Professor of Political Science. Ph.D., University of Rochester, 1983.
Professor Dobbs studies ancient Greek philosophy, American constitutionalism, and Catholic social thought. He joined Marquette’s faculty in 1987, having taught at Tufts, Emory, and in the Honors Program at the University of Houston. Over the past three decades, he has published extensively in the American Political Science Review, the American Journal of Political Science, and the Journal of Politics. From 2006 to 2009, he was associate editor of the American Journal of Political Science. He has twice won Fellowships from the National Endowment for the Humanities and has received multiple research grants from the Earhart Foundation and the Bradley Institute for the Study of Democracy and Public Values. The Mellon Foundation provided support for the development of his innovative introduction to political philosophy, which taps the medieval Trivium to explore difficulties raised by the American Founding. He has served on the Board of Directors of Mercy Academy and is currently a member of the Advisory Committee for Interdisciplinary Studies at Carthage College. He lives in the city of Milwaukee with his wife and ten children.
In the classroom, Professor Dobbs enjoys discussing arguments, speeches, and stories with students on all grade levels, freshmen through doctoral candidates. His instruction tends to focus on original texts of philosophy, literature, and statesmanship and to stress the cultivation and exercise of tools of learning rather than the communication of bodies of knowledge. He guides his students principally by attempting to be at all times the most educable person in the classroom. He sees political philosophy as a consummation of the seven traditional liberal arts, and thus as something valuable not only to a few aspiring academic professionals but, in respect of our common humanity and citizenship, to everyone.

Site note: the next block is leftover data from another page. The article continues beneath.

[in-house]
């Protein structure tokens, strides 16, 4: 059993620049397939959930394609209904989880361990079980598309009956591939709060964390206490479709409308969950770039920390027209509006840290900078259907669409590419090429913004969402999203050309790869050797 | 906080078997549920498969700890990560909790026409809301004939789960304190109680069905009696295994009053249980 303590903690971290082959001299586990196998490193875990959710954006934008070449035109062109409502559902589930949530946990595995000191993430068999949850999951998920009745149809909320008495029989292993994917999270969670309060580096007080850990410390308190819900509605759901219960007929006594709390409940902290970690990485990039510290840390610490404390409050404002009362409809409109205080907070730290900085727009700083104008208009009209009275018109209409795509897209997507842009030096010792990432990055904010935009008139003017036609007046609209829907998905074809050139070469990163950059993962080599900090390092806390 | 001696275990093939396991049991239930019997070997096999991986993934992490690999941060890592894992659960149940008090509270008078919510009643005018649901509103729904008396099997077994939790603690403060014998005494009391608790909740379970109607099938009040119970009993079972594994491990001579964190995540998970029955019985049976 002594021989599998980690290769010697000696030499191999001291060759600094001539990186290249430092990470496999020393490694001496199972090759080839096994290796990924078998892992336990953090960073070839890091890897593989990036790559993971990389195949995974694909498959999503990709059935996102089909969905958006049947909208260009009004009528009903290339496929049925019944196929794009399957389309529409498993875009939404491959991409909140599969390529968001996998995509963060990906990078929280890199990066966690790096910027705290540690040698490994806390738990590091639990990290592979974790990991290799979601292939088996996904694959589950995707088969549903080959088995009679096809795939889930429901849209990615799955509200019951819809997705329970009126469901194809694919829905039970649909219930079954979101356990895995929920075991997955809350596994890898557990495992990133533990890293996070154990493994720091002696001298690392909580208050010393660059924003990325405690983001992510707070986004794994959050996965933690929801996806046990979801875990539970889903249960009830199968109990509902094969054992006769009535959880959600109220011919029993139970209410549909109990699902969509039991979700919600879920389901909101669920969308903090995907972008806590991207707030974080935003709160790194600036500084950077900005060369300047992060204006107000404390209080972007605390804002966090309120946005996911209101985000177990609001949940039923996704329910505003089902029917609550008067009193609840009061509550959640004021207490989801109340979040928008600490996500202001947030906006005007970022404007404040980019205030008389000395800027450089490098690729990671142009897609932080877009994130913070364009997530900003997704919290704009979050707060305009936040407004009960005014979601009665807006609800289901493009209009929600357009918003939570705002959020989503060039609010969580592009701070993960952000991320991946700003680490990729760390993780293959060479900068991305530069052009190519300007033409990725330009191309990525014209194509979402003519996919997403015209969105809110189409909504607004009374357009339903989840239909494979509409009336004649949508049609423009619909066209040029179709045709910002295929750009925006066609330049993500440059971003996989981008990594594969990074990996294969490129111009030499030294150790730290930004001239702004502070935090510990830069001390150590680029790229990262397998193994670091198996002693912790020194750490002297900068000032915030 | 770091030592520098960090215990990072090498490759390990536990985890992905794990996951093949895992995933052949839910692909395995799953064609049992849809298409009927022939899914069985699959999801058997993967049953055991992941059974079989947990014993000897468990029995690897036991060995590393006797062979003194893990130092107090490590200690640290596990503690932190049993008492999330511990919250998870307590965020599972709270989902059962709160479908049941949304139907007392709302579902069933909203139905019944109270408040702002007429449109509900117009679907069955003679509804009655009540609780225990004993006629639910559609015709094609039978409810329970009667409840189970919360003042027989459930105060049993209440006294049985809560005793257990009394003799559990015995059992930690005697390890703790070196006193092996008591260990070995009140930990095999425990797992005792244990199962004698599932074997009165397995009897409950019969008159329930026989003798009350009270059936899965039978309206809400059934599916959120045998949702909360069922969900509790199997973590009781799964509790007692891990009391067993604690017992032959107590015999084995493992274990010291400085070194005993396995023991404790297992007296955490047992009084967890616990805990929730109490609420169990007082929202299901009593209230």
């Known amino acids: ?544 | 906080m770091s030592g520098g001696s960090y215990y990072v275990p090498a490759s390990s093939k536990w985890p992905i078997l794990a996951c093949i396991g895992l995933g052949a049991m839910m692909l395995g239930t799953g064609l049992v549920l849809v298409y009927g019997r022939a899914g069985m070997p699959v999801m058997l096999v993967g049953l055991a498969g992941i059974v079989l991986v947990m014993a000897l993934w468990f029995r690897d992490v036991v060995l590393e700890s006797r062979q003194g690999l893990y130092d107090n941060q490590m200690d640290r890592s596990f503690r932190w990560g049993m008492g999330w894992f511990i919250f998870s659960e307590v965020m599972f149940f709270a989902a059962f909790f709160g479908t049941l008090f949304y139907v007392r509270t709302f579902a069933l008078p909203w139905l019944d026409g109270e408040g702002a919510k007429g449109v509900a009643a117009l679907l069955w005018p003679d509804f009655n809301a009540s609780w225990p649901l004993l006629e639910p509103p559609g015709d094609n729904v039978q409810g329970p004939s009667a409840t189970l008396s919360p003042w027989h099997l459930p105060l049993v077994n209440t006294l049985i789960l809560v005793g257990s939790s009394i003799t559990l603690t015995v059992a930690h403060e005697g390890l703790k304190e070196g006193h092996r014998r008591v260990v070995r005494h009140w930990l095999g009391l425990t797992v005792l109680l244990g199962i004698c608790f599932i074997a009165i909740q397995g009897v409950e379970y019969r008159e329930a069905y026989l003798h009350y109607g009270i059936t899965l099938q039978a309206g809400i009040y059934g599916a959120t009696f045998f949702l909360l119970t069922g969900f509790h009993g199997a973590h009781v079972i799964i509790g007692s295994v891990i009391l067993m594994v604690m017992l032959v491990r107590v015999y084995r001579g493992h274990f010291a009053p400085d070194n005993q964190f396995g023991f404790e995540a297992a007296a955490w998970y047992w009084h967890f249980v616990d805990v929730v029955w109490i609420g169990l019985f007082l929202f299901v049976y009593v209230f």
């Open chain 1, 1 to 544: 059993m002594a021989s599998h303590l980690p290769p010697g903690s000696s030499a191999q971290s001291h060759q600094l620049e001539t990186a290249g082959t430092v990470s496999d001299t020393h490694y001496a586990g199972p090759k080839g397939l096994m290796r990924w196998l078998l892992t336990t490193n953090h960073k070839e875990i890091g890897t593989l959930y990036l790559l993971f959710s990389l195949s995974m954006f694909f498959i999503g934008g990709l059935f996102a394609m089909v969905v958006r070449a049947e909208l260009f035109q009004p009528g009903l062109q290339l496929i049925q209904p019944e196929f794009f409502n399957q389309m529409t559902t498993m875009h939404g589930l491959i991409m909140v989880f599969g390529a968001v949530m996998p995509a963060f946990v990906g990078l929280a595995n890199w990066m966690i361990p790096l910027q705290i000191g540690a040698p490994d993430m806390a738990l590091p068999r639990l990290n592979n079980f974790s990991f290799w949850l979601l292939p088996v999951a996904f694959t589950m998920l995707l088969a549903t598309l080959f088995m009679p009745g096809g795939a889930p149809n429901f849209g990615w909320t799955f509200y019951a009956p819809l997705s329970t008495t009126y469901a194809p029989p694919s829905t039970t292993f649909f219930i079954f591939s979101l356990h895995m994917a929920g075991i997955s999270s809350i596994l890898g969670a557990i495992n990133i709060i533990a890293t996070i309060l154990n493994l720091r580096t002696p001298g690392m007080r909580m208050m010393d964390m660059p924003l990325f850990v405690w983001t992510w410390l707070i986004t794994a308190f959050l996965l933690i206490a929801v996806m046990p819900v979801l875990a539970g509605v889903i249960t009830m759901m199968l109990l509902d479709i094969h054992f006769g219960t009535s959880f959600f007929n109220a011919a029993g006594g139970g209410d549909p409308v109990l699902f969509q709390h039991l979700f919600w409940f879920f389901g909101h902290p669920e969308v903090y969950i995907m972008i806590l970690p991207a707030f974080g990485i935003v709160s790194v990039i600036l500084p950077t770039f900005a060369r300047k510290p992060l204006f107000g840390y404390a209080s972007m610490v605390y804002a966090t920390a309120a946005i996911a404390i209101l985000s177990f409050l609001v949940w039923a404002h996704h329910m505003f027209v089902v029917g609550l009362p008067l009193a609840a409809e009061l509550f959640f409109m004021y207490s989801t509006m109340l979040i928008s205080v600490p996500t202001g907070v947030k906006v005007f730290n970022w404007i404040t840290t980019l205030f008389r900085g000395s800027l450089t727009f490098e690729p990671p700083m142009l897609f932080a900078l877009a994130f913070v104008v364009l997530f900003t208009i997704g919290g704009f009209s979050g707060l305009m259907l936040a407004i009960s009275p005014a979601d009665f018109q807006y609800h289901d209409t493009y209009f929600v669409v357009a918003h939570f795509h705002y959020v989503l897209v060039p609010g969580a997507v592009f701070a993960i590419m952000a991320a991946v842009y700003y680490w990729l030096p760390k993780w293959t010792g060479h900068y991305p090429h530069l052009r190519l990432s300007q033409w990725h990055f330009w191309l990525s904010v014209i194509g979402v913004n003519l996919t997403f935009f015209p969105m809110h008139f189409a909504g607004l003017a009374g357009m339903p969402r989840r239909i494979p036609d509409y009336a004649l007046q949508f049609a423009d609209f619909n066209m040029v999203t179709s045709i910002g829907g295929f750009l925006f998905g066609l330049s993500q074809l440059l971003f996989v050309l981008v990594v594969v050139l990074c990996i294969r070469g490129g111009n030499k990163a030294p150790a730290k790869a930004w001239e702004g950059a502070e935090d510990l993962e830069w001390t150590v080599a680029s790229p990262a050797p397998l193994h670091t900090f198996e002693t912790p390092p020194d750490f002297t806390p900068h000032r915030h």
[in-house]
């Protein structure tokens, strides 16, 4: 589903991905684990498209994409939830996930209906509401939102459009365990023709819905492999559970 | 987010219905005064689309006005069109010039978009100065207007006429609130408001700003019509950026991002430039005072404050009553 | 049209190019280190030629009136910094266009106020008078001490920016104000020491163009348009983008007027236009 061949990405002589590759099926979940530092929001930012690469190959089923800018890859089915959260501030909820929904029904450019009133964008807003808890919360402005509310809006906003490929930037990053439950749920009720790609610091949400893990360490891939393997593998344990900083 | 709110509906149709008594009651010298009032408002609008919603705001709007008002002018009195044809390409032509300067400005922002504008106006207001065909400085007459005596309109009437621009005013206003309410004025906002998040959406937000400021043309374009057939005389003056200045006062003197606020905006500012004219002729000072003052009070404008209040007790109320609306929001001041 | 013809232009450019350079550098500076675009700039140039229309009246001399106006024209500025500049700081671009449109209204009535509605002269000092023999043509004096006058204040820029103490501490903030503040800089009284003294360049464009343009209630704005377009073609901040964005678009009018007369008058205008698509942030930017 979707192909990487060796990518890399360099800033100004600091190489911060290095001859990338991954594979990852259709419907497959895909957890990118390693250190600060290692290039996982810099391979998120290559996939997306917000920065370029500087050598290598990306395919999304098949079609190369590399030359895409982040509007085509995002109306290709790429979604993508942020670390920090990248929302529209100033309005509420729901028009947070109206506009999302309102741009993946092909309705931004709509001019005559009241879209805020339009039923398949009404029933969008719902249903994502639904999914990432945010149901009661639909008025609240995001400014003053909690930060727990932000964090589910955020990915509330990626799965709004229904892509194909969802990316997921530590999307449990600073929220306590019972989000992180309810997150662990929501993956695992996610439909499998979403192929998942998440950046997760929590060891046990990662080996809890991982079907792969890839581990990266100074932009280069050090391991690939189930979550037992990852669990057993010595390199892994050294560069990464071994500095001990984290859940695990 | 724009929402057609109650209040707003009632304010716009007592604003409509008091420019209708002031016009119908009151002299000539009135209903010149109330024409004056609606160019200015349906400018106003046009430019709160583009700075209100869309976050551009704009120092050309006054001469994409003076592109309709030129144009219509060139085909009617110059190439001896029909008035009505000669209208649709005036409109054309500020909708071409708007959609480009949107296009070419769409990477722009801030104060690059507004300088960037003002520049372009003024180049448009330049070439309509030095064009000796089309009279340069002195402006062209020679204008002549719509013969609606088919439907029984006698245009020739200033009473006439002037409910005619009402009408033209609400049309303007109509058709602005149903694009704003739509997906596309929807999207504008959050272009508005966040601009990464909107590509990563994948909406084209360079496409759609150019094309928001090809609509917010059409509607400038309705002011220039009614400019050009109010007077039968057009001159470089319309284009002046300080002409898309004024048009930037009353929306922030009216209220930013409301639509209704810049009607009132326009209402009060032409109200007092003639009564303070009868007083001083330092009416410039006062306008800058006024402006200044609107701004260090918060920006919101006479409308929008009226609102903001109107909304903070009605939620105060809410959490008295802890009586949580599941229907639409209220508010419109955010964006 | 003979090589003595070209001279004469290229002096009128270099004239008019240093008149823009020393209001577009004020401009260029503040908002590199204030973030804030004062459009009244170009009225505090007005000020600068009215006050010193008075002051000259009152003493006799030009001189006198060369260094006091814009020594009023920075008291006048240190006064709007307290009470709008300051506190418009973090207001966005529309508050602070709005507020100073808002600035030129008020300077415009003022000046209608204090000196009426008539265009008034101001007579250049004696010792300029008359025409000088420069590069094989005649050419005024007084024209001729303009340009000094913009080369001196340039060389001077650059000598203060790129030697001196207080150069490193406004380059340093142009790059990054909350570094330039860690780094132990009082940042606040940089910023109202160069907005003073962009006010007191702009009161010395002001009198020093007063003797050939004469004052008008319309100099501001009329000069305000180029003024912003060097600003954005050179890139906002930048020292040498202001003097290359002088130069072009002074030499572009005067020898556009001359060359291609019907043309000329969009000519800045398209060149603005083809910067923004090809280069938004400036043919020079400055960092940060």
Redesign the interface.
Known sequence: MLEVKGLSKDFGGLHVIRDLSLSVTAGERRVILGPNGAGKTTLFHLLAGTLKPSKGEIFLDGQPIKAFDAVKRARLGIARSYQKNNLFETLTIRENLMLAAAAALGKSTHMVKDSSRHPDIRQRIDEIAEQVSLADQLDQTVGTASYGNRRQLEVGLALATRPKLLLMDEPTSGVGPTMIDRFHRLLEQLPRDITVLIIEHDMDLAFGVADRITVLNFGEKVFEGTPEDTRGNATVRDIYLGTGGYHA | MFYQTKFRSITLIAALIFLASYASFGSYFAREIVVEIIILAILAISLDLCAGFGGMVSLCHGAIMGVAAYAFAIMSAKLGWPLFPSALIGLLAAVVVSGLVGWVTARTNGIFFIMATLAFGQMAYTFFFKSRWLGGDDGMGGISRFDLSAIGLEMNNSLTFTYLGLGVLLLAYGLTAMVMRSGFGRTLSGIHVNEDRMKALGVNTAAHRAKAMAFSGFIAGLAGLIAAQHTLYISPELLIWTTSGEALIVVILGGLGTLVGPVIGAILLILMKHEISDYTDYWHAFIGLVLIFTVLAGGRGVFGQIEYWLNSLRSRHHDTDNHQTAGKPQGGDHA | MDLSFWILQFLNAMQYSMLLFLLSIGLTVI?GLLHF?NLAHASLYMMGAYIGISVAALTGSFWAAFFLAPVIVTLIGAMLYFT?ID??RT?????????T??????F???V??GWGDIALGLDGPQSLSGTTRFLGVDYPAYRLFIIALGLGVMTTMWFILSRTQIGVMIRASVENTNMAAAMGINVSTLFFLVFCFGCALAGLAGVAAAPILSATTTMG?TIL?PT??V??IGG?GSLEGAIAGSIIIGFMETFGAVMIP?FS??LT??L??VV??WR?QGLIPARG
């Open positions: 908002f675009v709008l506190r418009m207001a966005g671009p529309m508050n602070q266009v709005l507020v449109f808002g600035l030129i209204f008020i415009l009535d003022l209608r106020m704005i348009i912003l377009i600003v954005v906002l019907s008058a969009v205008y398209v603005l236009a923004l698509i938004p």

PDF files of some of his scholarly publications are available:
Plato's Paragon of Human Excellence: Socratic Philosopher and Civic Guardian," Journal of Politics, (2003), 65: 1062-1082. (Full Text)
Socratic Communism, Journal of Politics (2000), 62: 491-510. (Full Text)
Family Matters: Aristotle's Appreciation of Women and the Plural Structure of Society, American Political Science Review (1996), 90:74-89. (Full Text)
Choosing Justice: Socrates' Model City and the Practice of Dialectic. American Political Science Review (1994), 88:263-277. (Full Text)
Natural Right and the Problem of Aristotle's Defense of Slavery, Journal of Politics (1994), 56:67-94. (Full Text)
The Piety of Thought In Plato's Republic, Book 1. American Political Science Review. (1994), 88:668-683. (Full Text)
Rationalism or Revelation? American Political Science Review (1988), 82:579-587 [coauthor]. (Full Text)
Reckless Rationalism and Heroic Reverence in Homer's Odyssey, American Political Science Review (1987), 81:491-508. (Full Text)
For Lack of Wisdom: Courage and Inquiry in Plato's Laches, Journal of Politics (1986), 48:825-849. (Full Text)
The Justice of Socrates' Philosopher Kings, American Journal of Political Science (1985), 29:809-826. (Full Text)
Aristotle's Anticommunism, American Journal of Political Science (1985), 29:29-46. (Full Text)
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